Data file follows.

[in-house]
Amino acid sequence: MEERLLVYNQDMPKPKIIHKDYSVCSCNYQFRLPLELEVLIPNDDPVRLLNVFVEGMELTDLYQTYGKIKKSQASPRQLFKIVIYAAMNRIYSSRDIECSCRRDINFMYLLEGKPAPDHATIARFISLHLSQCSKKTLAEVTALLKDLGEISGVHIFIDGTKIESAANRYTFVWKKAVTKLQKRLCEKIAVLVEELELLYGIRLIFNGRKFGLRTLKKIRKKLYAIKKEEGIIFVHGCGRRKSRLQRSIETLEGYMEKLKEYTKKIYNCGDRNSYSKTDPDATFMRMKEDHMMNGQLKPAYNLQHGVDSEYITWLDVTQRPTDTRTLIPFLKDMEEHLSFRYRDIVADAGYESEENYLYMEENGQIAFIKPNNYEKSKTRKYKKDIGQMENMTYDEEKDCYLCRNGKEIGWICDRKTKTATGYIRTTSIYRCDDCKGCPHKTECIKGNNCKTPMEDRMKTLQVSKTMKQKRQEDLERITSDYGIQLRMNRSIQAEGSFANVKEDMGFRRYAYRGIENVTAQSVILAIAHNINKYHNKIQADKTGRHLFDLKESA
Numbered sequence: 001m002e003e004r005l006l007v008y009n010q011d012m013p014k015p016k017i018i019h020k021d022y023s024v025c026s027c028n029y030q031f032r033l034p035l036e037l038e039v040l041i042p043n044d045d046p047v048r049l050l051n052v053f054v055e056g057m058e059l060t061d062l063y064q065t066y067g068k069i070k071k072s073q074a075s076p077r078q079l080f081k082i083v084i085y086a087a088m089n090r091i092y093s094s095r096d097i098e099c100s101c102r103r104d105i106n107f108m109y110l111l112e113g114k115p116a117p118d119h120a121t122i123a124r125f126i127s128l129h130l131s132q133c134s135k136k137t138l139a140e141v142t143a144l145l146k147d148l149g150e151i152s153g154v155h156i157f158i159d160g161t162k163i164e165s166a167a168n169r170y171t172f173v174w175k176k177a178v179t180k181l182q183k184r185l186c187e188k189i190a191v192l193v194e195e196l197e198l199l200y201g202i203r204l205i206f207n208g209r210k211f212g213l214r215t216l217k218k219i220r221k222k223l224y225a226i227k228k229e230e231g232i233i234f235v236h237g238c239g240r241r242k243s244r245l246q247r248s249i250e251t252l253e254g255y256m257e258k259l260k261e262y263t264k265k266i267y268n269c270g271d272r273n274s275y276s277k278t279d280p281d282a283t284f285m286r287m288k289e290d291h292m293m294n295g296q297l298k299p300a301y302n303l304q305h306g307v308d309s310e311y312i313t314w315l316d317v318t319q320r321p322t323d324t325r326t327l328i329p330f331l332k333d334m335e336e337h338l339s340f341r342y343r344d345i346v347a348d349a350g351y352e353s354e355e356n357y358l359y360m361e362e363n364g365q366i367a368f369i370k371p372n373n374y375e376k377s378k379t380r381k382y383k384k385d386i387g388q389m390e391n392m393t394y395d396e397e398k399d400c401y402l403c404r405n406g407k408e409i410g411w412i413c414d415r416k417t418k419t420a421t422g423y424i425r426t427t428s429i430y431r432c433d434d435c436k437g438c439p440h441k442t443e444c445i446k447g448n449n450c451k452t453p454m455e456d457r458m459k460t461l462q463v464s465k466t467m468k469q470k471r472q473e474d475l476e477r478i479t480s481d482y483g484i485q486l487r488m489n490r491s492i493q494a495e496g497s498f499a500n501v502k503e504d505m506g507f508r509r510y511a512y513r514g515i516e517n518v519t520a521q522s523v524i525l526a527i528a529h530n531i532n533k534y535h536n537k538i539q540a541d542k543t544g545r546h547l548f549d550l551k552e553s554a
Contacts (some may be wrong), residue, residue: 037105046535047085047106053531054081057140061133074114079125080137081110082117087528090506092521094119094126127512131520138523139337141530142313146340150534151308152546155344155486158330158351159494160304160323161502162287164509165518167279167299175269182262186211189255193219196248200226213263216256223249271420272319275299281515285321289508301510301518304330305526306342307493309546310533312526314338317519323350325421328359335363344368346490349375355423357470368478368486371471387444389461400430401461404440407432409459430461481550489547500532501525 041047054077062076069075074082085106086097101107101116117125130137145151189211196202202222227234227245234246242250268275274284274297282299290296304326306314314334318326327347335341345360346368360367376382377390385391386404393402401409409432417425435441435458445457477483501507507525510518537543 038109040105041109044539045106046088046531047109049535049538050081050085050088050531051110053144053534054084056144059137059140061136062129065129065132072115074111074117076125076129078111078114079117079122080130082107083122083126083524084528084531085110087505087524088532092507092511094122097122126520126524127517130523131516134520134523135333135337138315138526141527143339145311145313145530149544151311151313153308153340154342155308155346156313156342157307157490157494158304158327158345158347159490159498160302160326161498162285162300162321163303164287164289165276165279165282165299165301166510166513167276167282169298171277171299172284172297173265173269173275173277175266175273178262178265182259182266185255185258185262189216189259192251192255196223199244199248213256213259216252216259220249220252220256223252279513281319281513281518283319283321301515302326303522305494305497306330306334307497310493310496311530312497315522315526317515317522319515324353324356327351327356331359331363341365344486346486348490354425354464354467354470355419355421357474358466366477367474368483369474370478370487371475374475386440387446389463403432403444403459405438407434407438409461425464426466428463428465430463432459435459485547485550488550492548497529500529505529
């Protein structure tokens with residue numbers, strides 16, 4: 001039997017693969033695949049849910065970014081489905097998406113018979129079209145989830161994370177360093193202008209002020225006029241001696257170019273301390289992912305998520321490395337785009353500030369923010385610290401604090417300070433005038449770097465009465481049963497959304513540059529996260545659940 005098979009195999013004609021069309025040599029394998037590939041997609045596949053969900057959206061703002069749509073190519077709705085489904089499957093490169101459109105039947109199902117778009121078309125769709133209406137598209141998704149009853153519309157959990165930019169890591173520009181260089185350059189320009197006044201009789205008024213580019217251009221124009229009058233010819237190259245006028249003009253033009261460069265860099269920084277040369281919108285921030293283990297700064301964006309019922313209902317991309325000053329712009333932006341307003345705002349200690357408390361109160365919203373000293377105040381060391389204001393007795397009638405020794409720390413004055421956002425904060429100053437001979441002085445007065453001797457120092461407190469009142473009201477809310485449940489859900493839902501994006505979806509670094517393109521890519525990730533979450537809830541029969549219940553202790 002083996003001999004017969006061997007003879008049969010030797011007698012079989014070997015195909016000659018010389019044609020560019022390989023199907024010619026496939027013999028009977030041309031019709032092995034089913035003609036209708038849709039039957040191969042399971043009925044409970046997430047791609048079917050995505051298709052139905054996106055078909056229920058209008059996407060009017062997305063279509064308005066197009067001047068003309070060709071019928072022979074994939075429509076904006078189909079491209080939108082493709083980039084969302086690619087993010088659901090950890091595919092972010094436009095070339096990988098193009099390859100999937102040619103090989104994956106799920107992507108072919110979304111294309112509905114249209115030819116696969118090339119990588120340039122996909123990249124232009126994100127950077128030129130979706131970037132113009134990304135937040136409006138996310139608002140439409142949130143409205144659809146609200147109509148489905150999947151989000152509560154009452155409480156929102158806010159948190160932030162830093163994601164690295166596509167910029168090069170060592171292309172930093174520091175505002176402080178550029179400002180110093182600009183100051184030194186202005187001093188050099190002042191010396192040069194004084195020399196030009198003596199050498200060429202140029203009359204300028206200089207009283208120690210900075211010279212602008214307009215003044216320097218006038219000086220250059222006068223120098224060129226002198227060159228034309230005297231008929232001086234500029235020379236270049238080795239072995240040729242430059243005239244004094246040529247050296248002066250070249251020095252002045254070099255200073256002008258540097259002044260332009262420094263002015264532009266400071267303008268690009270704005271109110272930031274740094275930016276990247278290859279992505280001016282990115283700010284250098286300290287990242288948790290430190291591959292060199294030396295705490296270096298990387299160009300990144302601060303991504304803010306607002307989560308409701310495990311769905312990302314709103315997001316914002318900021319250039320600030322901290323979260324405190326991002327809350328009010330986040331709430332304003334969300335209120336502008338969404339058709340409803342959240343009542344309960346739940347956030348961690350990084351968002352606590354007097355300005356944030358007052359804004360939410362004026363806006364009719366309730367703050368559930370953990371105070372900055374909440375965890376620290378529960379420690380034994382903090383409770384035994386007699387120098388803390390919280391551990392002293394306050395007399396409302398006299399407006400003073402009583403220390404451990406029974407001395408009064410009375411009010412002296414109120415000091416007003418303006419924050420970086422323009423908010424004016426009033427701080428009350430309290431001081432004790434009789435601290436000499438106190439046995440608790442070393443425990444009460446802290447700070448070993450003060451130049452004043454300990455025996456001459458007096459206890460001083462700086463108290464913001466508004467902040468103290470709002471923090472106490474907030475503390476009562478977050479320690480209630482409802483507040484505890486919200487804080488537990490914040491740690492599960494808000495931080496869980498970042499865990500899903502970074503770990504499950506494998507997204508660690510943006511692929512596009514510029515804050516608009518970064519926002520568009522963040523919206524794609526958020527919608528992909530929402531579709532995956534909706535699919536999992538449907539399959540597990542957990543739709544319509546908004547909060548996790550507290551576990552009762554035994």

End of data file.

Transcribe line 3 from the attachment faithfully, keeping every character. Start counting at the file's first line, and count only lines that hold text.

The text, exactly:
Numbered sequence: 001m002e003e004r005l006l007v008y009n010q011d012m013p014k015p016k017i018i019h020k021d022y023s024v025c026s027c028n029y030q031f032r033l034p035l036e037l038e039v040l041i042p043n044d045d046p047v048r049l050l051n052v053f054v055e056g057m058e059l060t061d062l063y064q065t066y067g068k069i070k071k072s073q074a075s076p077r078q079l080f081k082i083v084i085y086a087a088m089n090r091i092y093s094s095r096d097i098e099c100s101c102r103r104d105i106n107f108m109y110l111l112e113g114k115p116a117p118d119h120a121t122i123a124r125f126i127s128l129h130l131s132q133c134s135k136k137t138l139a140e141v142t143a144l145l146k147d148l149g150e151i152s153g154v155h156i157f158i159d160g161t162k163i164e165s166a167a168n169r170y171t172f173v174w175k176k177a178v179t180k181l182q183k184r185l186c187e188k189i190a191v192l193v194e195e196l197e198l199l200y201g202i203r204l205i206f207n208g209r210k211f212g213l214r215t216l217k218k219i220r221k222k223l224y225a226i227k228k229e230e231g232i233i234f235v236h237g238c239g240r241r242k243s244r245l246q247r248s249i250e251t252l253e254g255y256m257e258k259l260k261e262y263t264k265k266i267y268n269c270g271d272r273n274s275y276s277k278t279d280p281d282a283t284f285m286r287m288k289e290d291h292m293m294n295g296q297l298k299p300a301y302n303l304q305h306g307v308d309s310e311y312i313t314w315l316d317v318t319q320r321p322t323d324t325r326t327l328i329p330f331l332k333d334m335e336e337h338l339s340f341r342y343r344d345i346v347a348d349a350g351y352e353s354e355e356n357y358l359y360m361e362e363n364g365q366i367a368f369i370k371p372n373n374y375e376k377s378k379t380r381k382y383k384k385d386i387g388q389m390e391n392m393t394y395d396e397e398k399d400c401y402l403c404r405n406g407k408e409i410g411w412i413c414d415r416k417t418k419t420a421t422g423y424i425r426t427t428s429i430y431r432c433d434d435c436k437g438c439p440h441k442t443e444c445i446k447g448n449n450c451k452t453p454m455e456d457r458m459k460t461l462q463v464s465k466t467m468k469q470k471r472q473e474d475l476e477r478i479t480s481d482y483g484i485q486l487r488m489n490r491s492i493q494a495e496g497s498f499a500n501v502k503e504d505m506g507f508r509r510y511a512y513r514g515i516e517n518v519t520a521q522s523v524i525l526a527i528a529h530n531i532n533k534y535h536n537k538i539q540a541d542k543t544g545r546h547l548f549d550l551k552e553s554a